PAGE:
To give your kids an idea of the huge variety of creatures without backbones who live in your yard, start turning over rocks.
“If you turn over a rock of any size, it’s probably going to have something under it,” says Emily Bishton, a long time environmental educator at Magnuson Children’s Garden. You might find worms flexing their bodies to find shelter underground, centipedes breaking into a sprint, families of roly polies that roll into little gray balls at a touch, or whole cities of ants.
And that’s just the creatures you can easily see. The soil is teeming with life, including tiny worms, springtails and mites and microscopic tardigrades.
“Thinking about that is kind of amazing,” says Nicole Parish-Andrews, an environmental educator who works through her company, Foxberry Education.
Parish-Andrews says the creatures who live in the soil can be roughly divided into carnivores (such as centipedes) and decomposers (such as earthworms).
She has an experiment she likes to do with earthworms. Take two clear containers, fill both with soil, but add earthworms to the bottom of one. (This requires kids to go out and collect earthworms. Having them dig, or turn over things in order to get enough pink wrigglers is a very fine way to pass an afternoon.) Cover both in paper.
After a week or two, take the paper away and look through the walls. In the container with worms, you should be able to see the loosened-up soil where the worms burrowed through.
Another way to encounter animals that live in your garden: settle down and watch what insects come to your flowers.
There are butterflies, honeybees, bumblebees and a variety of other bees in different colors and sizes.
“There are bees that are as small as a grain of rice out there,” Bishton says.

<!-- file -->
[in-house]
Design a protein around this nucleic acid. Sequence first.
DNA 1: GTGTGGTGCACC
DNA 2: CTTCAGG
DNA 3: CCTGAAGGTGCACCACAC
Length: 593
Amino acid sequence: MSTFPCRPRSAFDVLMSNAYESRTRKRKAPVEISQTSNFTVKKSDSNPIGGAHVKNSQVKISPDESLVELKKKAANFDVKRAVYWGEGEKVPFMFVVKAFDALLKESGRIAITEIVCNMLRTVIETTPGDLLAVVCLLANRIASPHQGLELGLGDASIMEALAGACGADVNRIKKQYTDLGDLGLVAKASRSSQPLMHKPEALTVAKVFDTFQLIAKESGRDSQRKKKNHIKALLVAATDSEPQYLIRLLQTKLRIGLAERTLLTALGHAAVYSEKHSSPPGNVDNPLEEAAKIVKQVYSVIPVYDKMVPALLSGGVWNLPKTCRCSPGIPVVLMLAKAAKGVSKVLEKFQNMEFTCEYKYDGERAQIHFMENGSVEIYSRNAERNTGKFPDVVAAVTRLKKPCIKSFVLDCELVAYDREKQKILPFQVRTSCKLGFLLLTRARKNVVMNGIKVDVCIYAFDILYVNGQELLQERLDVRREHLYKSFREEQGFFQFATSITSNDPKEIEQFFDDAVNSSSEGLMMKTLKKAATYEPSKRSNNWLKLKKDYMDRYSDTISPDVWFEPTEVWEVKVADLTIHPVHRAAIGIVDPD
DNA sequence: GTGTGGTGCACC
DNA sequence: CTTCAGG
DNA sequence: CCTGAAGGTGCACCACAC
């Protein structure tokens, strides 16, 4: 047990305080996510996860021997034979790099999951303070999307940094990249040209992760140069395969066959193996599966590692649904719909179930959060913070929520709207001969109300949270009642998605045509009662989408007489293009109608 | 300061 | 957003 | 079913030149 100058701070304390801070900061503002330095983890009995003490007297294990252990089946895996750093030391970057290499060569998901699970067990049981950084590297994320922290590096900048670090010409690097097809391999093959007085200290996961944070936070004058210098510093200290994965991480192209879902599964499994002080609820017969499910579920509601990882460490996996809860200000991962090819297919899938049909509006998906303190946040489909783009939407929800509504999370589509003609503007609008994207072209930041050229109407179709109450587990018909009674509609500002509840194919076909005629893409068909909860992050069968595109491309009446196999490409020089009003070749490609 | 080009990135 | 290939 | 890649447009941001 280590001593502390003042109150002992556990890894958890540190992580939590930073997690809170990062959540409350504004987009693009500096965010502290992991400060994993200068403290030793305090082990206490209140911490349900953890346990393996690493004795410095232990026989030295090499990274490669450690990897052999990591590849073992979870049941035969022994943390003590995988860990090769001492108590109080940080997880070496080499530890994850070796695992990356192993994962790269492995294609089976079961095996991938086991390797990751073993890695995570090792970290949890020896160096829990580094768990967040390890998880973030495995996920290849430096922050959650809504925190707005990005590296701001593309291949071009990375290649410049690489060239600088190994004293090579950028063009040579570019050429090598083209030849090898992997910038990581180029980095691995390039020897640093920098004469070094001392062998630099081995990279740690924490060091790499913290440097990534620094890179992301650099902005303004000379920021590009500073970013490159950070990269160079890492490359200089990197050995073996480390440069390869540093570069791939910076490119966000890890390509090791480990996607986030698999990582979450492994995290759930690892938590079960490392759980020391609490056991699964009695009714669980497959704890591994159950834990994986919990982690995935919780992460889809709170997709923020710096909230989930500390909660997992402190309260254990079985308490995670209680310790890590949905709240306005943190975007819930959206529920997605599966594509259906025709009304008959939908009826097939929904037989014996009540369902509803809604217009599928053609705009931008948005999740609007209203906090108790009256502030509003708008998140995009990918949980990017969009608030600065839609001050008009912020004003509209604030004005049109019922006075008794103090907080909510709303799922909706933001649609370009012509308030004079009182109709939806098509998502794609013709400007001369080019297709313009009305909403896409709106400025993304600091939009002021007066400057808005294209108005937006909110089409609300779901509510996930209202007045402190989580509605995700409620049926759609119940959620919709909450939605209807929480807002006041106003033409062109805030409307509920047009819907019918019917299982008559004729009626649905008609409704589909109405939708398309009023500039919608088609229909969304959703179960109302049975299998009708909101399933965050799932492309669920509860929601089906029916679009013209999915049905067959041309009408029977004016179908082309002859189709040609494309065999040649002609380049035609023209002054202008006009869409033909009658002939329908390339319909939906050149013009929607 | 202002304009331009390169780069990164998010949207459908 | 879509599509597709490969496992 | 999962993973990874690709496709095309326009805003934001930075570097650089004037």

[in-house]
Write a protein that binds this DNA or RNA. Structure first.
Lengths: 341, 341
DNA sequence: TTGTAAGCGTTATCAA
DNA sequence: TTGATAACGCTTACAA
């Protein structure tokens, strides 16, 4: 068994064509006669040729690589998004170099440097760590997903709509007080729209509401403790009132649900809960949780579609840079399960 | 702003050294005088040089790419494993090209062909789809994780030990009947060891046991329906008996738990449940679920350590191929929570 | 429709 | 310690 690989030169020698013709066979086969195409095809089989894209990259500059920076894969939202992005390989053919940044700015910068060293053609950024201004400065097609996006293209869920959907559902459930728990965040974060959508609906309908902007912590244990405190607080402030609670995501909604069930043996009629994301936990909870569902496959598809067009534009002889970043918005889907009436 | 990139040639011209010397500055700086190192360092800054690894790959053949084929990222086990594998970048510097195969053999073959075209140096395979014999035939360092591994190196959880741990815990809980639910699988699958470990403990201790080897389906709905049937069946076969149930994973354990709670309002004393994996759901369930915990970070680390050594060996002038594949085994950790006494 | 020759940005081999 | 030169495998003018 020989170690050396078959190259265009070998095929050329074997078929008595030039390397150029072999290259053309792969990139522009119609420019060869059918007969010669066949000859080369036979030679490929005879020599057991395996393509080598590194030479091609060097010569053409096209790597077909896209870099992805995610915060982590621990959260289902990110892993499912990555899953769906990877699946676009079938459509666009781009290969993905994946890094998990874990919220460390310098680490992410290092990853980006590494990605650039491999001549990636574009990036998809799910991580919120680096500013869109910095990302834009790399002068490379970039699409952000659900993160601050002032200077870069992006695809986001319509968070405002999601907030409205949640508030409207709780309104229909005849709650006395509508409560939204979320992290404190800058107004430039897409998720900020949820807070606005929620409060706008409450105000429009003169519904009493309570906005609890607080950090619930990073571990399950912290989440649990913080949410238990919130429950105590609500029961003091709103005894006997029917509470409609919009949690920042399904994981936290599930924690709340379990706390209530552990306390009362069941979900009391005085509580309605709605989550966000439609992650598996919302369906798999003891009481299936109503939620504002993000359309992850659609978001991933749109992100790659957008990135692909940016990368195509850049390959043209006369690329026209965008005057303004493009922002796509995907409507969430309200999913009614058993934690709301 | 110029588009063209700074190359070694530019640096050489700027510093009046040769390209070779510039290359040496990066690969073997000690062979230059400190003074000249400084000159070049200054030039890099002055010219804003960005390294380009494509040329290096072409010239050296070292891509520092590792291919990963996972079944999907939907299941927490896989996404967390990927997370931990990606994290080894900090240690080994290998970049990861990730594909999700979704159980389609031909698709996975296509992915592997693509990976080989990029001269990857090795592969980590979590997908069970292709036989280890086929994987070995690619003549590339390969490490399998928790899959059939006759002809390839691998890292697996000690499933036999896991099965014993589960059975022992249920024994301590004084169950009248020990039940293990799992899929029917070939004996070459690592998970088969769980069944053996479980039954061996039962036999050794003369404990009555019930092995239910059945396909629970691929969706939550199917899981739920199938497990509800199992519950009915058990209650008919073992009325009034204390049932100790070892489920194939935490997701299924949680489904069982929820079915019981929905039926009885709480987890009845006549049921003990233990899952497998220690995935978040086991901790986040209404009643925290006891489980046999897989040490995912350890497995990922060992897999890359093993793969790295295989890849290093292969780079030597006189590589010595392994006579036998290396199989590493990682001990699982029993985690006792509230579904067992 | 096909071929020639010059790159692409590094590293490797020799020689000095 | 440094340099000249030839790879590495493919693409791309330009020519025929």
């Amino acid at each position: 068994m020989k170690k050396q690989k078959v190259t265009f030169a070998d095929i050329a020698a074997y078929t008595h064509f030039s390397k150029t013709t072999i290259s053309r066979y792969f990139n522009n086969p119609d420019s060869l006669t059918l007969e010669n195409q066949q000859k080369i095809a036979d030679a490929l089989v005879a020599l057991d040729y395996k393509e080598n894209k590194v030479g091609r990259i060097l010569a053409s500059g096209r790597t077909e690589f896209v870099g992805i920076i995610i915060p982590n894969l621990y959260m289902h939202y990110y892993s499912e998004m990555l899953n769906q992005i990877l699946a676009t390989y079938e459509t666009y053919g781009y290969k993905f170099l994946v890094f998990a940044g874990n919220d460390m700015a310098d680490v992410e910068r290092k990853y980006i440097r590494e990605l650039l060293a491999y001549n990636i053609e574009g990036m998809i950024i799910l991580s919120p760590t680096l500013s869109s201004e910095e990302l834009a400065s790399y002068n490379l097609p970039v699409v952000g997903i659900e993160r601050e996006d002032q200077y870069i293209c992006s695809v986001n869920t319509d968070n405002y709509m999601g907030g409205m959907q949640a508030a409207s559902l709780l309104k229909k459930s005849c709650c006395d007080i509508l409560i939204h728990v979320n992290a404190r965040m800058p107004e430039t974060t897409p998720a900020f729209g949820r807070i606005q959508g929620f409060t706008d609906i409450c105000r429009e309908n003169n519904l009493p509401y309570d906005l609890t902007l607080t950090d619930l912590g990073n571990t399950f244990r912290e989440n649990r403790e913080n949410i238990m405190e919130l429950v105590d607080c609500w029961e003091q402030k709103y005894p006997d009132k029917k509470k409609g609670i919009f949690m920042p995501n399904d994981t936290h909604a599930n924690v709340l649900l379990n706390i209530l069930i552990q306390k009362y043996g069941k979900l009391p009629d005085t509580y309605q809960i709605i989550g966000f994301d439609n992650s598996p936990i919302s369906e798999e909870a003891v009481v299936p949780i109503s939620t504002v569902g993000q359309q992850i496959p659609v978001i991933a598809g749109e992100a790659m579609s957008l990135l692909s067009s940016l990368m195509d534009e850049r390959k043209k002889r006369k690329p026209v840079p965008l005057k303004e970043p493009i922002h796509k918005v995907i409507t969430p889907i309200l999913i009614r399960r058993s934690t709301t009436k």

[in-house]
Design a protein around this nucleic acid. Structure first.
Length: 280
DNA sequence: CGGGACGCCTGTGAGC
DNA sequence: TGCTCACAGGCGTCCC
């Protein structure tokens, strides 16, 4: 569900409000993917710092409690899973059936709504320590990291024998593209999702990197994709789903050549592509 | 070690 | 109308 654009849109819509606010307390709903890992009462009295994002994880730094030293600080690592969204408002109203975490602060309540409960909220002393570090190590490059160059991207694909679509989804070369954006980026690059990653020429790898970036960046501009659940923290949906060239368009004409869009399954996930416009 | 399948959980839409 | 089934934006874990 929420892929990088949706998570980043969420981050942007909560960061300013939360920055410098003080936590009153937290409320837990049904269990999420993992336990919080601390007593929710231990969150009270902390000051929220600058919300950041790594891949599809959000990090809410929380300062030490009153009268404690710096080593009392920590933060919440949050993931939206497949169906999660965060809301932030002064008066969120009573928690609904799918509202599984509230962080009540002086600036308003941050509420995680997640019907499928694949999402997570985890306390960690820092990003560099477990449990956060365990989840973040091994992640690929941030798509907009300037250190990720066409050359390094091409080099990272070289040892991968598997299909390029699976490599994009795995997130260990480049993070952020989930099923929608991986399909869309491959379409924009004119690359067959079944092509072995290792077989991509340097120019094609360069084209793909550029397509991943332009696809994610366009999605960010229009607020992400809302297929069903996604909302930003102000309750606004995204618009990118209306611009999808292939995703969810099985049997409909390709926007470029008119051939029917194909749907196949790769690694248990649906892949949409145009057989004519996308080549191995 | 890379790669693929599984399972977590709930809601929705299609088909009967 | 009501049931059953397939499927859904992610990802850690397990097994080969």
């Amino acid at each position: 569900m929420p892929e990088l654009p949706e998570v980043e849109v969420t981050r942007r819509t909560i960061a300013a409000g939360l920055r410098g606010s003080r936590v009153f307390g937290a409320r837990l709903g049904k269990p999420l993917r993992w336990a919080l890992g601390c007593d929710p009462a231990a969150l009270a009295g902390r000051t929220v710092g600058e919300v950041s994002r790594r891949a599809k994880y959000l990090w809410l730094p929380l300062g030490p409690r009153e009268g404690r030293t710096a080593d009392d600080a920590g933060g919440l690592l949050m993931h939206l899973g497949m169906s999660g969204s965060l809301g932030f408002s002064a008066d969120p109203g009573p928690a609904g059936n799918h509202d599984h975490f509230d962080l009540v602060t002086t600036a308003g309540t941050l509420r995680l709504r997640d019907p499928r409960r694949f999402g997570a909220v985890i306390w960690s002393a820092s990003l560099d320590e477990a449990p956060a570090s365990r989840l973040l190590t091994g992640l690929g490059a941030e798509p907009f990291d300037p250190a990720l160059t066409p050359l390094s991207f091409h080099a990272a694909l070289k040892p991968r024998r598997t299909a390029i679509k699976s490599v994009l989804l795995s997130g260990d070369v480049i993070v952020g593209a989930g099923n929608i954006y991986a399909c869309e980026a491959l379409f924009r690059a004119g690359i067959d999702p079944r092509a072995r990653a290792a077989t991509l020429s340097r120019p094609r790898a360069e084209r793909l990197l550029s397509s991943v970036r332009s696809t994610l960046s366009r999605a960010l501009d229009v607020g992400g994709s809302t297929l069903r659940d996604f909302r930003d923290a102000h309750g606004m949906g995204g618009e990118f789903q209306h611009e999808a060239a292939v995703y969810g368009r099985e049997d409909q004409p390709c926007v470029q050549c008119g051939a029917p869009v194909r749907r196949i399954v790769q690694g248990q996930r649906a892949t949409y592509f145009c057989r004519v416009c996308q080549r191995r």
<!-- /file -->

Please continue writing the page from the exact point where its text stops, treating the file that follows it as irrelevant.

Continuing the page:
Wasps will sometimes stop by for a nectar drink, and so will hoverflies – flies that have black and yellow stripes like bees or yellowjackets, so they look a little like bees, but if you look closely, they only have two wings, rather than four, and their eyes are bigger than any bee’s.
Bishton says it is useful for kids to learn early how to tell bees from yellow jackets, which are more aggressive. (Look for the narrow waist and the lack of hair.)
If you are interested in having more pollinators come to your yard, it’s a good idea to have flowers blooming throughout the year. (A possible science project for older kids: seeing if different insect pollinate different color flowers, says Parish-Andrews. Do pink Echinacea blooms attract the same insects as purple Salvias?
Parish-Andrews suggests another great project for all ages: making a butterfly mud bath. Butterflies like to drink water from mud, she says.
“You can make a little mud butterfly bath by mixing dirt clay water and putting some rocks for butterflies to land on.”
Bishton says that a great way to keep kids exploring the world of the yard is to give kids a “digging spot.”
“It’s just such a fun activity,” she says. “The endorphin release and the imagination it stirs up are very powerful. Kids love doing it.”
Nicole Parish-Andrews has a video about soil creatures.
Magnuson Children’s Garden has a lot of education resources on its website. The page The Worm Bin and other Super Cool Soil Creatures has a guide for identifying animals you might find in dirt or compost, along with cool activities and articles and a song about worms. For information and activities about bees, butterflies and other above-ground insects, visit The Pollinator Garden and other Interesting Insects. Also check out: The Log Pile, and All That Lives There.
Fiona Cohen is the author of “Curious Kids Nature Guide: Explore the Amazing Outdoors of the Pacific Northwest.” She enjoys digging.